In a brand new complete literature assessment, researchers on the U.S. Department of Energy’s National Renewable Energy Laboratory (NREL) have found that alternate options to recycling could have untapped potential to construct an efficient round economic system for solar photovoltaic (PV) and battery applied sciences. These various methods, akin to lowering using virgin supplies in manufacturing, reusing for brand spanking new purposes and lengthening product life spans, could present new paths to constructing sustainable product life cycles.
These insights come after an evaluation of greater than 3,000 scientific publications exploring the life cycle of the most typical PV and lithium-ion battery applied sciences, together with beginning supplies, environmental impacts and end-of-life choices. The NREL researchers examined 10 doable pathways towards a round economic system. The findings spotlight key insights, gaps and alternatives for analysis and implementation of a round economic system for PV and battery applied sciences, together with methods which are at the moment being underutilized.
Demand for PV panels and lithium-ion batteries is anticipated to extend because the United States shifts away from fossil fuels and deploys extra clear energy. Creating a sturdy round economic system for these applied sciences may mitigate demand for beginning supplies and cut back waste and environmental impacts. Circular economic system methods even have the potential to create clear energy jobs and handle environmental justice considerations.
“If you can keep them as a working product for longer, that’s better than deconstructing it all the way down to the elements that occurs during recycling,” says Garvin Heath, senior environmental scientist and energy analyst and distinguished member of analysis workers at NREL. The researchers observe the emphasis on recycling could overlook the challenges and alternatives that analysis into different methods may reveal. “And when a product does reach the end of its life, recycling is not the only option.”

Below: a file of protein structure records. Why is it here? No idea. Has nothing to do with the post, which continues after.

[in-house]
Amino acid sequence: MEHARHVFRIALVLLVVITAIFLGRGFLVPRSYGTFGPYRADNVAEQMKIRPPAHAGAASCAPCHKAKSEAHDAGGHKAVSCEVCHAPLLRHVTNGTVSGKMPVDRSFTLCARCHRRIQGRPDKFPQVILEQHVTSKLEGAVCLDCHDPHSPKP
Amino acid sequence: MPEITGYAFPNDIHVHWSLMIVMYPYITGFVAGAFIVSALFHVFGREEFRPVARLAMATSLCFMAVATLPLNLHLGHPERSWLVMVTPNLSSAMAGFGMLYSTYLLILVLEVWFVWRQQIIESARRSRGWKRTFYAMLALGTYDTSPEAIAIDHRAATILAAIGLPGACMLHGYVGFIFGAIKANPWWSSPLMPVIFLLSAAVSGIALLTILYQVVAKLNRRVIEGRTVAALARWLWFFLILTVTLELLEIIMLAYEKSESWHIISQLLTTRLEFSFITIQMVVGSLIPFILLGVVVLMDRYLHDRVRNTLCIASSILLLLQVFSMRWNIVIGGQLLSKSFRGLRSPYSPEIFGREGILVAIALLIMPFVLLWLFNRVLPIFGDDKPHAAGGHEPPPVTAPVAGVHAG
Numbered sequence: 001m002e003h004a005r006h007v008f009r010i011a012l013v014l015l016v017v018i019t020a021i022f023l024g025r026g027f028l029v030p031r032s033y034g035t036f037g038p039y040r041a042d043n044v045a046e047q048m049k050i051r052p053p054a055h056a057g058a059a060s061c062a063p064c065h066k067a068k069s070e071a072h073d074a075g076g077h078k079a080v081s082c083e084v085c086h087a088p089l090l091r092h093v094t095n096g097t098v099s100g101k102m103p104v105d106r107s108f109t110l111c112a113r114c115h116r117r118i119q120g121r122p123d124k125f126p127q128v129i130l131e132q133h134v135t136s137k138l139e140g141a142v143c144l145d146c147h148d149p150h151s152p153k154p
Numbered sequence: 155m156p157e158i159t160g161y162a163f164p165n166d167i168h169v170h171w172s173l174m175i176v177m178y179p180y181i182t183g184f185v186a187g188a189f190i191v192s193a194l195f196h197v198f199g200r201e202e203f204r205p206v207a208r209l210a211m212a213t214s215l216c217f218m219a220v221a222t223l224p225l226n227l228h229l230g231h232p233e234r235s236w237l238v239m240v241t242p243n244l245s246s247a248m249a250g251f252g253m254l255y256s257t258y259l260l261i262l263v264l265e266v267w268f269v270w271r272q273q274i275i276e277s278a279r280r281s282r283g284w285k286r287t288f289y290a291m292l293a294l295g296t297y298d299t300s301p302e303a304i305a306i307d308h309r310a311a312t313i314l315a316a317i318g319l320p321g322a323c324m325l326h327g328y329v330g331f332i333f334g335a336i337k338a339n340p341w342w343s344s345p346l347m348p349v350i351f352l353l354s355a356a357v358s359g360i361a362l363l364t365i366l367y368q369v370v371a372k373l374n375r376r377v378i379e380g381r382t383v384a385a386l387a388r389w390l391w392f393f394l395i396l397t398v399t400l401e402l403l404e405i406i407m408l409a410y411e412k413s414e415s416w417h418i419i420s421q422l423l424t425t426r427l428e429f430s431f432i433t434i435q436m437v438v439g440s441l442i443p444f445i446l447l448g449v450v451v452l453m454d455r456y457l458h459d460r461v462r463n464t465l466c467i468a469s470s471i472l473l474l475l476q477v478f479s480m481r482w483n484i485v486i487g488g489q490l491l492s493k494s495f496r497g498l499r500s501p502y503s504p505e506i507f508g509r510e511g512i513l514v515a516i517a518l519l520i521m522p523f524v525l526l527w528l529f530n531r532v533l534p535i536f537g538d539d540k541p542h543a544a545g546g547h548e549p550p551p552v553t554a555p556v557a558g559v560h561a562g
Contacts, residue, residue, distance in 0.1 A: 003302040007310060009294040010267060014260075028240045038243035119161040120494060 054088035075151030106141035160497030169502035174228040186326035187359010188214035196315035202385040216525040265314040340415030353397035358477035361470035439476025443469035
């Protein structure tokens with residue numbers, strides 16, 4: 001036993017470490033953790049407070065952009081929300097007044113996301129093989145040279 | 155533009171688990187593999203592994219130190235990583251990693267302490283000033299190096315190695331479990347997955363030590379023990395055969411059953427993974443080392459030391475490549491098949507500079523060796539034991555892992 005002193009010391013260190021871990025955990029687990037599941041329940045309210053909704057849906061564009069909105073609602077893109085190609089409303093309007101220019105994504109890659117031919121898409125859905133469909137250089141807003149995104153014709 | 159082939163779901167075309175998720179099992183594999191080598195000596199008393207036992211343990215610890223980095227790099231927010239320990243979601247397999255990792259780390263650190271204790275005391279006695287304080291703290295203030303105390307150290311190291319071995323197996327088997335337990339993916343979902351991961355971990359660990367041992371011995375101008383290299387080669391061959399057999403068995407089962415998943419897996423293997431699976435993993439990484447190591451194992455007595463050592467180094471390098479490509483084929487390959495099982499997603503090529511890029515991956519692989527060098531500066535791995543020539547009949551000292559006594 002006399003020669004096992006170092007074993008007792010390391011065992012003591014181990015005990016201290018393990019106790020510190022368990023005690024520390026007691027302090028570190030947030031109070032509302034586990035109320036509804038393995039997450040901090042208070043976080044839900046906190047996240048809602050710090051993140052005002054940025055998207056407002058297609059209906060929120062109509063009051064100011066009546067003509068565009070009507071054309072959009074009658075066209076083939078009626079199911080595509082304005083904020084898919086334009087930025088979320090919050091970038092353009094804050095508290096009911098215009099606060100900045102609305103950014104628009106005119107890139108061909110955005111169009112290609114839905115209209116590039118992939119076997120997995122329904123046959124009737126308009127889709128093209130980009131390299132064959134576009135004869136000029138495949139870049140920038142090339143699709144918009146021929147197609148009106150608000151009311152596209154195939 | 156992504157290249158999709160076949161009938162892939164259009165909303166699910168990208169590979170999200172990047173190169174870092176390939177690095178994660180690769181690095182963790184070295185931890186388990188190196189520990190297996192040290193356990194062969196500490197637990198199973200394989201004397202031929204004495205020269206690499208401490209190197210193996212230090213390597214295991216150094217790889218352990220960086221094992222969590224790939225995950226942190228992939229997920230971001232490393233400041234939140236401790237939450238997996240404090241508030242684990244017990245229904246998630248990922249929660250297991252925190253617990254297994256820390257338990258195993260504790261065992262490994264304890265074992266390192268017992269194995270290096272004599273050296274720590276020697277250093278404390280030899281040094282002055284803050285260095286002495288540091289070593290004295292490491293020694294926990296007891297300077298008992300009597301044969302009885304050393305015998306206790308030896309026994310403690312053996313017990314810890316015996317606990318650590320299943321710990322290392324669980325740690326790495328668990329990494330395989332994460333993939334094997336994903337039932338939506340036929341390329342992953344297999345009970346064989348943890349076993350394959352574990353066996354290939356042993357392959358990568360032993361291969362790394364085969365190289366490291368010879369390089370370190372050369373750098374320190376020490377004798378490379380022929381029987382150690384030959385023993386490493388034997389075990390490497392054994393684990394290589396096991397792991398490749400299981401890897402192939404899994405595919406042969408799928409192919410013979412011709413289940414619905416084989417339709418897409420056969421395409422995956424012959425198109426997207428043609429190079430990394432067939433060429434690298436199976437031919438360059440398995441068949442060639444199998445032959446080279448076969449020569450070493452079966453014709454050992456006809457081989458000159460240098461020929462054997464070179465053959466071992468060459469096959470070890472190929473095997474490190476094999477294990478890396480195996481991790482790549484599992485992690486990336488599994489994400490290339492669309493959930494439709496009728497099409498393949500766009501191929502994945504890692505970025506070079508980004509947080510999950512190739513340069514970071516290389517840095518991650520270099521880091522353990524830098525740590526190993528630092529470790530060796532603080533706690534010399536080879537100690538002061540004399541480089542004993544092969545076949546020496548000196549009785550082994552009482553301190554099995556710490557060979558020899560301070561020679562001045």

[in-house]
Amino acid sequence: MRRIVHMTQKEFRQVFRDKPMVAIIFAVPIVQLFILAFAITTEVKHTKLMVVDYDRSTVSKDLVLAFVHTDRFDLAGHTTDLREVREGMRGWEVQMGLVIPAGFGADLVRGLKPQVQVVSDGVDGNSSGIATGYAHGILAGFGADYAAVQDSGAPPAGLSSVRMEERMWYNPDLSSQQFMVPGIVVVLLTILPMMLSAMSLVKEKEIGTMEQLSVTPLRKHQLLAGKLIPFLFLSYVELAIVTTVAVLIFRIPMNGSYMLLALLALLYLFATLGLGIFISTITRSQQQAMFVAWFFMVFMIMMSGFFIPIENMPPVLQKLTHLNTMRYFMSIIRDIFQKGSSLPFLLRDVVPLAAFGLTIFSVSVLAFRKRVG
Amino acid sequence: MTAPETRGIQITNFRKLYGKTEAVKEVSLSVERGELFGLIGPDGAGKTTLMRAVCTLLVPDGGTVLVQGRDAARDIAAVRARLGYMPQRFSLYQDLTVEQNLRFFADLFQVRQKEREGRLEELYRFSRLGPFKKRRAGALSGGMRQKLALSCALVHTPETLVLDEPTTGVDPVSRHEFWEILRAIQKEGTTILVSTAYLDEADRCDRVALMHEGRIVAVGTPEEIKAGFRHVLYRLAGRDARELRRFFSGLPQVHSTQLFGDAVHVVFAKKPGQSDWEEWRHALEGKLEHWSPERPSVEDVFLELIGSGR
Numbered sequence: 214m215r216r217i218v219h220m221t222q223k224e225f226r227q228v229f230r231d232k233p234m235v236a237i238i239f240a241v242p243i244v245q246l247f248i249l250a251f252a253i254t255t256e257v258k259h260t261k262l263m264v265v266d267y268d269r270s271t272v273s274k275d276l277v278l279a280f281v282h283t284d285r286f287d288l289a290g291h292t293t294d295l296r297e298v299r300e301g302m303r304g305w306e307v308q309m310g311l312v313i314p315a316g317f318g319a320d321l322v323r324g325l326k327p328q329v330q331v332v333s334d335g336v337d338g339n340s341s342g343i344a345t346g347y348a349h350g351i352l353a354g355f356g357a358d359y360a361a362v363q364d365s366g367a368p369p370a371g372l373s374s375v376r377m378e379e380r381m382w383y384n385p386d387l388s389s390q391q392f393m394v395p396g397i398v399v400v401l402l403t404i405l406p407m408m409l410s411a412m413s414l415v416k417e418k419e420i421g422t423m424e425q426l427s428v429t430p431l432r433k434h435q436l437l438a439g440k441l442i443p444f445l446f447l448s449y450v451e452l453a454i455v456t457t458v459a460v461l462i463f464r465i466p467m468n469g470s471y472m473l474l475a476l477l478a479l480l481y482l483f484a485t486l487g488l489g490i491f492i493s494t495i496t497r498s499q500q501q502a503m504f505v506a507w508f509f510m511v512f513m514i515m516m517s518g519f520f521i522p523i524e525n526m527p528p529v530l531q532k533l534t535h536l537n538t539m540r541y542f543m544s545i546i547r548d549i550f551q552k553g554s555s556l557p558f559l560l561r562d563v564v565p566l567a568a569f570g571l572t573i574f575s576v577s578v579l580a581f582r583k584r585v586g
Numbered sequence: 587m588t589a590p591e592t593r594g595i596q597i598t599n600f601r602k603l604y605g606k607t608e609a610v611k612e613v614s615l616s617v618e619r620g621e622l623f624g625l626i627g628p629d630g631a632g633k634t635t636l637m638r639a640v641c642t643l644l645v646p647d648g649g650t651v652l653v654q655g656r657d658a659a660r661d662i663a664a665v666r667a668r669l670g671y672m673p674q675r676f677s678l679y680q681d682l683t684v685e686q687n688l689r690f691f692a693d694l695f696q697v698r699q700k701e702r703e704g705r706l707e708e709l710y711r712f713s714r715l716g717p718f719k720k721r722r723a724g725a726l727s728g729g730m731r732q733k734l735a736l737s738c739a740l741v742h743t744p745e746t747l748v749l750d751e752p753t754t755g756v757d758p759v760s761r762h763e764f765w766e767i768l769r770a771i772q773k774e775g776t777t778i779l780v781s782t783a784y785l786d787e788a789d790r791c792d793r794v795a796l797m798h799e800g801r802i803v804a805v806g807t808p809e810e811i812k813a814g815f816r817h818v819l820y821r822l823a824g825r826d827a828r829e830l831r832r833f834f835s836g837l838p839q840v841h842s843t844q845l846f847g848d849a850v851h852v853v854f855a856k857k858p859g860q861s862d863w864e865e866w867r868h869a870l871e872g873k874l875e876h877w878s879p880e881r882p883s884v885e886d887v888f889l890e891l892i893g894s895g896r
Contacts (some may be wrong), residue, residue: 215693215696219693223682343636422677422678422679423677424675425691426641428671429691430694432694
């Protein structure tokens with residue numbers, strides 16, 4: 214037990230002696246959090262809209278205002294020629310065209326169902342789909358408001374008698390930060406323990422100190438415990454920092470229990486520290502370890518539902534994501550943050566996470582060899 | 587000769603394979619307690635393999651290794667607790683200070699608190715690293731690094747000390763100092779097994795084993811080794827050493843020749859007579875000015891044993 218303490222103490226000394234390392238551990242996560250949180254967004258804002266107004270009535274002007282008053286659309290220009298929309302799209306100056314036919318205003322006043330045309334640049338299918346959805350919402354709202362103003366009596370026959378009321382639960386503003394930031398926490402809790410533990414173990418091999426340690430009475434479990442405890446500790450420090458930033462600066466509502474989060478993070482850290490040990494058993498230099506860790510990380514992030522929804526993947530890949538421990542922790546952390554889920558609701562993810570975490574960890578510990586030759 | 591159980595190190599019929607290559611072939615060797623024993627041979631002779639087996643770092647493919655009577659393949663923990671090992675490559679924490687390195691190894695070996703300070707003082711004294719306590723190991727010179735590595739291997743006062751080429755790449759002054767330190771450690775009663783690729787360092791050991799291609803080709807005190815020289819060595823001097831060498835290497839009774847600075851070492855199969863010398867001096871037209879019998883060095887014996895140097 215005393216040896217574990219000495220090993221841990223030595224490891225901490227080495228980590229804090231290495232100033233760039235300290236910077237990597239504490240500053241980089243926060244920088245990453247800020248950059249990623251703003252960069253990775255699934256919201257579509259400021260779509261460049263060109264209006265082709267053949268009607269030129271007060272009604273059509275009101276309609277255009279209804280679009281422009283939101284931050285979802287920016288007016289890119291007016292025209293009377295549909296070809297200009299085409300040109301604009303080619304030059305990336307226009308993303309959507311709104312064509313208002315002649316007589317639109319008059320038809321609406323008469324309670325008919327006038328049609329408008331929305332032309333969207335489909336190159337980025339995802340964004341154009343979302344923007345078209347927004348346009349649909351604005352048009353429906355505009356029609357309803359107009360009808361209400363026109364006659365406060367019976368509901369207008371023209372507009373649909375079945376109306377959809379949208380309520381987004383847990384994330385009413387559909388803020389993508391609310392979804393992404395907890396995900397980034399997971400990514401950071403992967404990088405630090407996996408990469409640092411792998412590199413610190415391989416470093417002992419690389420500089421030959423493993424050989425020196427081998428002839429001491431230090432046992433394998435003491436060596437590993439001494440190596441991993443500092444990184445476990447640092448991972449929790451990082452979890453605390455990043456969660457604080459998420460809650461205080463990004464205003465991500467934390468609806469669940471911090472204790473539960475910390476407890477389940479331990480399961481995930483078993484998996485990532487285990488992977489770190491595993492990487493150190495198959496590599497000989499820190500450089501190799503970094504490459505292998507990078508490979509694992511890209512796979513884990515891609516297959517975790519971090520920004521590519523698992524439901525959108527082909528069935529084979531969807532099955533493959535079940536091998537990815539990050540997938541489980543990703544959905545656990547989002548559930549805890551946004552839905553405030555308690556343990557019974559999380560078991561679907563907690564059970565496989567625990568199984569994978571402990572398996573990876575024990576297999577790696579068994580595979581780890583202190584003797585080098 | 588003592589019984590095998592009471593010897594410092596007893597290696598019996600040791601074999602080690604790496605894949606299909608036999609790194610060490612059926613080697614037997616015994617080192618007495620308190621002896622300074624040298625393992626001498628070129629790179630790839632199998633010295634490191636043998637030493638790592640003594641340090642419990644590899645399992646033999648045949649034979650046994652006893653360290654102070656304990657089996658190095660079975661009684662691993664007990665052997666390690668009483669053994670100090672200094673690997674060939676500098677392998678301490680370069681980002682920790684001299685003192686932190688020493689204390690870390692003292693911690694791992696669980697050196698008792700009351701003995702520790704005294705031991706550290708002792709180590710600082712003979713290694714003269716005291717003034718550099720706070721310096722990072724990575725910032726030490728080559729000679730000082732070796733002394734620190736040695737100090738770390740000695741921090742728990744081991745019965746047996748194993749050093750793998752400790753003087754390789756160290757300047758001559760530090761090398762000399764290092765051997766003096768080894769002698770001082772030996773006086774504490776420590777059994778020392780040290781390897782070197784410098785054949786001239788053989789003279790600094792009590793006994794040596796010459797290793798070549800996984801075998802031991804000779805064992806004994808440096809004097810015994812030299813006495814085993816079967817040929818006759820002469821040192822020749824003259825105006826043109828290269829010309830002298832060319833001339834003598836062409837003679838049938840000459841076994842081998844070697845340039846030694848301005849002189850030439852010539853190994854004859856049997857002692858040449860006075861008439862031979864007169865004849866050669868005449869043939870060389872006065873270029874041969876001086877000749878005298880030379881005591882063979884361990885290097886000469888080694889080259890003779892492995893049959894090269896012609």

The deconstruction course of takes extra energy and generates extra related greenhouse fuel emissions to then construct into one other product than protecting the primary product in use longer, Heath continues. He, alongside along with his NREL colleague Dwarakanath Ravikumar, are lead authors of the 52nd annual Critical Review of the Air & Waste Management Association, titled A Critical Review of Circular Economy for Lithium-Ion Batteries and Photovoltaic Modules — Status, Challenges, and Opportunities, which seems within the June version of the Journal of the Air & Waste Management Association. Their co-authors, additionally from NREL, are Brianna Hansen and Elaine Kupets.
“People often summarize the product life cycle as ‘take, make, waste’,” Heath provides. “Recycling has received a lot of attention because it addresses the waste part, but there are ways to support a circular economy in the take part and the make part, too.”
Recycling to get well the supplies used within the applied sciences is preferable to discarding them in a landfill, Heath states. He believes the business ought to deal with beginning with an unique product design that already makes use of fewer supplies, particularly much less hazardous ones.
The authors additionally observe that challenges stay in creating PV and battery recycling strategies. There are at the moment no built-in recycling processes that may get well all of the supplies for both know-how and present analysis has centered extra on lab-scale strategies.
NREL is already main efforts to enhance PV reliability, lengthen PV life spans, cut back using hazardous supplies and reduce demand for beginning supplies. This consists of main the Durable Module Materials Consortium (DuraMAT), which is researching methods to increase the helpful lifetime of PV modules, and the Bio-Optimized Technologies to maintain Thermoplastics out of Landfills and the Environment (BOTTLE) Consortium, which is creating methods to enhance the recycling of plastics.
NREL can be a accomplice within the Argonne National Laboratory-led consortium ReCell, which works with business, academia and nationwide laboratories to advance recycling applied sciences alongside all the battery life cycle for present and future battery chemistries.
The U.S. Department of Energy’s Advanced Manufacturing Office and Solar Energy Technologies Office funded the analysis.
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